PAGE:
Fifty-six years after the arrival of her classic debut album, Barbra Streisand is still stunning audiences around the world. In late 2018, she released Walls, a thoughtful set of songs that speak to our times and universal human concerns; earlier this month, she performed for a sold-out crowd of 65,000 at Hyde Park in London, bringing out her A Star Is Born (1976) co-star Kris Kristofferson for their first-ever live duet.
On Aug. 3, Streisand returns to her hometown to dazzle the crowd at New York City’s iconic Madison Square Garden. It’s her first set at the venue since 2006, and the significance of the moment isn’t lost on her: “When I perform there, the audience just gets me,” Streisand tells Billboard of her NYC homecoming.
Ahead of her MSG show and her Aug. 6 concert at Chicago’s United Center, the legendary singer/actor/director/philanthropist answered a few questions from Billboard over email about her upcoming shows, that reunion with Kristofferson and what the 50th anniversary of the Stonewall riots means to her.
Aug. 3 will see you play Madison Square Garden for the first time since 2006. How does playing in your hometown differ from performing in other cities?
Like the old saying goes, “You can take the girl out of New York, but you can’t take New York out of the girl.” No matter where I live or travel, I’ll always be a New Yorker at heart. People from New York share a common sensibility. When I perform there, the audience just gets me…they get my sense of humor and point of view. You can be in California, Paris or Timbuktu, and if you bump into a fellow New Yorker you know it right away. Also, many of my favorite songs come from Broadway, and the New York audiences have a great appreciation for musical theatre.
On July 7, you performed for a sold-out crowd at BST Hyde Park in London. What is your advice for other artists who might be nervous about playing to such massive crowds?
Have fun and bring sunglasses! The sun doesn’t set ‘til 9 p.m. The Hyde Park audience was incredibly welcoming. I was really taken with how they sang along to so many of my songs. They knew all the lyrics…and they really sang in tune. It was almost like having my own back-up choir. I hadn’t performed in a park since 1967 when I did my A Happening in Central Park concert. I was a bit concerned when I was told that “festival seating” meant the audience would be standing on their feet from 2 p.m. to when I came on after 8 p.m. I thought they might be exhausted, but they were completely energized. It’s funny, the thoughts that come to mind when you walk on stage. I looked out at this enormous crowd and I spontaneously asked, “How will I know if you’re giving me a standing ovation when you’re already standing?” A lot of the other headliners had very up-tempo repertoires, and a good deal of my songs are ballads, so I was especially struck by how quiet 70,000 people could be. By the way, I hadn’t seen what 70,000 people looked like since I performed at Arizona’s Sun Devil Stadium, for the concert sequence in A Star Is Born.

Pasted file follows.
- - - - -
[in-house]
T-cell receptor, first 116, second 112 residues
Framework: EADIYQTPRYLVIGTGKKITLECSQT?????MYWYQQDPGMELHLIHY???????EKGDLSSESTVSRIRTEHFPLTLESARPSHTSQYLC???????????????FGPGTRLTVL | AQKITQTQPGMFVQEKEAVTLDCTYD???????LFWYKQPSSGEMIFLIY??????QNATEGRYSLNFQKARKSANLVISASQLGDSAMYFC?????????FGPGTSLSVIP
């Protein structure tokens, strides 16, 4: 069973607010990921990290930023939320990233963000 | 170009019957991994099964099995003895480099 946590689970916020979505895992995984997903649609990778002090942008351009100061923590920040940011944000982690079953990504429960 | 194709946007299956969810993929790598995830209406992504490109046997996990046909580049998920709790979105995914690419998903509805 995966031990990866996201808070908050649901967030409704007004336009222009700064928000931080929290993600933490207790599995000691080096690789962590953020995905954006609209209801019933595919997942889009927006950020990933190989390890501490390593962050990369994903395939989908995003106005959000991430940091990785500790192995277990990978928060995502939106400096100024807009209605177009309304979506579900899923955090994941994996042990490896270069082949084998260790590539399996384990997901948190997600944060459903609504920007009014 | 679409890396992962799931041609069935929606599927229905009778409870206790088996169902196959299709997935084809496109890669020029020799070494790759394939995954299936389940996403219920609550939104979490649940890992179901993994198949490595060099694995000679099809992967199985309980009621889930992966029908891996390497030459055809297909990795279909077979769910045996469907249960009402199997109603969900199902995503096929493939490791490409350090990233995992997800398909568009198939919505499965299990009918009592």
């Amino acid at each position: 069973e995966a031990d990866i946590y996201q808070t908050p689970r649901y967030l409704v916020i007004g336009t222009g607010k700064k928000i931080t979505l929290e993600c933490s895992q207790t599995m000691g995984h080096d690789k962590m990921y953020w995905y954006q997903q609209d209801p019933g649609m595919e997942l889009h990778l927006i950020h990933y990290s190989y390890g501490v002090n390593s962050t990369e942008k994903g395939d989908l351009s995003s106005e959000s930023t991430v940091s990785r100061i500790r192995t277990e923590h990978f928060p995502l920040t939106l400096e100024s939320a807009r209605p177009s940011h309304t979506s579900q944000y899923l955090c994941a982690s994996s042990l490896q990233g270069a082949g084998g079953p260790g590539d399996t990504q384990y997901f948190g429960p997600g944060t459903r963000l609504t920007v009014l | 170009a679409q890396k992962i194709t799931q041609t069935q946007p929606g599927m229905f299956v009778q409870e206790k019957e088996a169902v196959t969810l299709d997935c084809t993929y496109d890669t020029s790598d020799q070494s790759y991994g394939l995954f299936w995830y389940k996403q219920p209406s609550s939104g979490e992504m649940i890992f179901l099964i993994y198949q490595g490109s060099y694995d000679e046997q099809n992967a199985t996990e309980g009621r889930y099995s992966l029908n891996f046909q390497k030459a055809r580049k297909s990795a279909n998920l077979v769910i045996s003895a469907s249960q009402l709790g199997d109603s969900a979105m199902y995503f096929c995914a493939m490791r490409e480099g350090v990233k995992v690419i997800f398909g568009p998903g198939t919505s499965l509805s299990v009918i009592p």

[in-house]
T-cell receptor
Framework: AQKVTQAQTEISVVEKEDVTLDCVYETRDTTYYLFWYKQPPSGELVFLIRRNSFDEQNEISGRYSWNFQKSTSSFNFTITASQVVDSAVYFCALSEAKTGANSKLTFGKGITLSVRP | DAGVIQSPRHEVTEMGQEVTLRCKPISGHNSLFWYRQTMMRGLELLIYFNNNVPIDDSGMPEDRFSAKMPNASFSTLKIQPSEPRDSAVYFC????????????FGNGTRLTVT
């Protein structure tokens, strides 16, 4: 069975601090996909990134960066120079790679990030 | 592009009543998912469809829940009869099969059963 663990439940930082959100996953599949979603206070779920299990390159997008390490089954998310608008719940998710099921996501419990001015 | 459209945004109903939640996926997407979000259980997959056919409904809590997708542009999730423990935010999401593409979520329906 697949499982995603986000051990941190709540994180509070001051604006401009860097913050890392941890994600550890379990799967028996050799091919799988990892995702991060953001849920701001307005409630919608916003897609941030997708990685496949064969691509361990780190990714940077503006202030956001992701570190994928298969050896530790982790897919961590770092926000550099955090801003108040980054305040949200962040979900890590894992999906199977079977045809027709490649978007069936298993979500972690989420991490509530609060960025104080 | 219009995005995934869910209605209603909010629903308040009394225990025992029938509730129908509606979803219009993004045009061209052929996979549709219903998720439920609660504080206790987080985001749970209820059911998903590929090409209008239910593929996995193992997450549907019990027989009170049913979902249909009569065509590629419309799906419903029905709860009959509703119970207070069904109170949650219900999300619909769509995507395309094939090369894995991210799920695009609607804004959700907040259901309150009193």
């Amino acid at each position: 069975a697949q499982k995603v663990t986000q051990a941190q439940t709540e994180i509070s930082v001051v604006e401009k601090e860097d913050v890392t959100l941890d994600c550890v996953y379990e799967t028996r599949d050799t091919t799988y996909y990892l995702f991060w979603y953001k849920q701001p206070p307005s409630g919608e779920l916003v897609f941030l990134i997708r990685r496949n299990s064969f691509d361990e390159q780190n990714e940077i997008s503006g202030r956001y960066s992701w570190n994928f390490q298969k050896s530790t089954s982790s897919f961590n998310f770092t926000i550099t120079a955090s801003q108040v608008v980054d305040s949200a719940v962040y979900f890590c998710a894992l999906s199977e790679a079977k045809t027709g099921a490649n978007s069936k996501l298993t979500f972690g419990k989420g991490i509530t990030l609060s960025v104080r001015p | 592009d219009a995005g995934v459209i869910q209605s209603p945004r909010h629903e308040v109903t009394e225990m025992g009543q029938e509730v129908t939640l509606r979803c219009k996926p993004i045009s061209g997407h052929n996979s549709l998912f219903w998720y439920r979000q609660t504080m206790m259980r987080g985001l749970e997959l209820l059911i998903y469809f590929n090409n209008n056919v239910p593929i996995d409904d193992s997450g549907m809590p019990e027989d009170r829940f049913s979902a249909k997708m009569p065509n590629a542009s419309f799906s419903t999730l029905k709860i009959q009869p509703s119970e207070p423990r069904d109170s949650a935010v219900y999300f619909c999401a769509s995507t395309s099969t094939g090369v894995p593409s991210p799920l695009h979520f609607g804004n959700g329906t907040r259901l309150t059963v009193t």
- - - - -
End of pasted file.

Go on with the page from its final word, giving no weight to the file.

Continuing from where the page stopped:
How did it feel reuniting with Kris Kristofferson at Hyde Park and performing the Oscar-winning duet you wrote for the 1976 movie A Star Is Born?
In A Star Is Born, the only time Kris and I sing together is in a recording studio. As closely connected as we may be in the public’s mind, we’ve never actually performed live in-concert, so it was wonderful to finally have the chance to do that. Before Kris came on stage, I showed the audience an outtake from the movie — it was a scene we’d shot that, in hindsight, I wish I’d left in the movie, but at the time I felt it slowed the pace down. Kris and I had a kind of undefinable chemistry then, and I still feel that connection with him today. When he stepped out of the wings, the audience went wild!
This year marks the 50th anniversary of the Stonewall riots. What has support from the LGBTQ community meant to you over the course of your career?
There’s a song on my latest album Walls that speaks to this very topic. It’s called “Love’s Never Wrong” and the lyrics espouse a simple but true philosophy. It’s my fervent belief that everyone is entitled to love whomever they choose to love. It’s not an emotion that can be legislated or debated. The first time I ever performed before a paying audience was at a gay club in Greenwich Village called The Lion. I was 18 years old and had never set foot in a nightclub before. So right from the start, I felt support from the gay community that continues to this day.
Three decades ago, I tried very hard to make the Larry Kramer play about the AIDS epidemic, The Normal Heart into a movie. I was supposedly a bankable filmmaker who had an incredibly compelling story to share, but not a single studio would touch the subject. Thankfully, things have changed for the better, but there are still a lot of close-minded people with antiquated ideas. It almost sounds cliché, but the fact is, we’re all unique in our own way, and completely entitled to love and be loved without judgment about our sexual orientation. They say when you stand at the gates of heaven, God doesn’t ask how well you were loved, but “How well did you love?”